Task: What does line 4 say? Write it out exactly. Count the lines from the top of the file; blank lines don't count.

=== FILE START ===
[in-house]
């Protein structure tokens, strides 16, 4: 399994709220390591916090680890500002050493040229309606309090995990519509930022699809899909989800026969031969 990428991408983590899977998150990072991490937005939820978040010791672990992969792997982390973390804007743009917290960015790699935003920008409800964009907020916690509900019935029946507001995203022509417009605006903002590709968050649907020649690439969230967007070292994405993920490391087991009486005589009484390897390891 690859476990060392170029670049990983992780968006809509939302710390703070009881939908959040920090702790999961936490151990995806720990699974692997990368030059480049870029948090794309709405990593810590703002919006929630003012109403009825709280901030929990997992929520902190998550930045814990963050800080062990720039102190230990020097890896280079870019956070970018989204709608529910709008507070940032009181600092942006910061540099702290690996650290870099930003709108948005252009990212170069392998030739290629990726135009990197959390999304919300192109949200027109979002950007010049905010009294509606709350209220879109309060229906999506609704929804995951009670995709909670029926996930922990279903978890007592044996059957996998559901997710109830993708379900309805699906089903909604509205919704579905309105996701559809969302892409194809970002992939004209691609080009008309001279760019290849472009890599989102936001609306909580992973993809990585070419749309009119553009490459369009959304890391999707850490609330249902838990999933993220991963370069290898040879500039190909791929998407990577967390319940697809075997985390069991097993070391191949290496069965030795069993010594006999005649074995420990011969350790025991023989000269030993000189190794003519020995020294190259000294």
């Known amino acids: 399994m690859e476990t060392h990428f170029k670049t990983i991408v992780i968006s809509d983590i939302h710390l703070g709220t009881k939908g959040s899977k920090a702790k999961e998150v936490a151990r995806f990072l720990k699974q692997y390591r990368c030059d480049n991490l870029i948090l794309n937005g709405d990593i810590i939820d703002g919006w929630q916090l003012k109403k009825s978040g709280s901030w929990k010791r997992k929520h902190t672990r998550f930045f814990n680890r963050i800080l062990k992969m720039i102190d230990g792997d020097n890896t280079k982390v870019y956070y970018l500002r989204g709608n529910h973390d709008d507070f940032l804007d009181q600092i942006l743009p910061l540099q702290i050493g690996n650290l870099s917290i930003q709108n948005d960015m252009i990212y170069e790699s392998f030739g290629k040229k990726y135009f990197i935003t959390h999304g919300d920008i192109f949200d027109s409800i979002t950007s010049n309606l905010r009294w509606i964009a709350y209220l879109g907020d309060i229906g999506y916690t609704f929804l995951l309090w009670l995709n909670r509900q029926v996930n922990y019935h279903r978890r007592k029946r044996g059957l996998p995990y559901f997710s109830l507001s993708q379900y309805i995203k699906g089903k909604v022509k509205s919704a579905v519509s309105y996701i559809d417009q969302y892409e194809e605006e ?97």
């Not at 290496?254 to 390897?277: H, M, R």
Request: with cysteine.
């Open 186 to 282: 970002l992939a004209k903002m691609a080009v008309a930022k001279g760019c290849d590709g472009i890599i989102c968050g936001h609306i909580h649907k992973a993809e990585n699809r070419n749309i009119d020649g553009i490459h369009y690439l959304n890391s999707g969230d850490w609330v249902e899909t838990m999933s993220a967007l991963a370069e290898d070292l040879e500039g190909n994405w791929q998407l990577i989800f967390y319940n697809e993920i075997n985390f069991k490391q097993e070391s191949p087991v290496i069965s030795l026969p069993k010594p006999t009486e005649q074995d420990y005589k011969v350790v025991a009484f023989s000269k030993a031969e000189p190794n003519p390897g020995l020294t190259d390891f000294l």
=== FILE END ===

């Not at 290496?254 to 390897?277: H, M, R």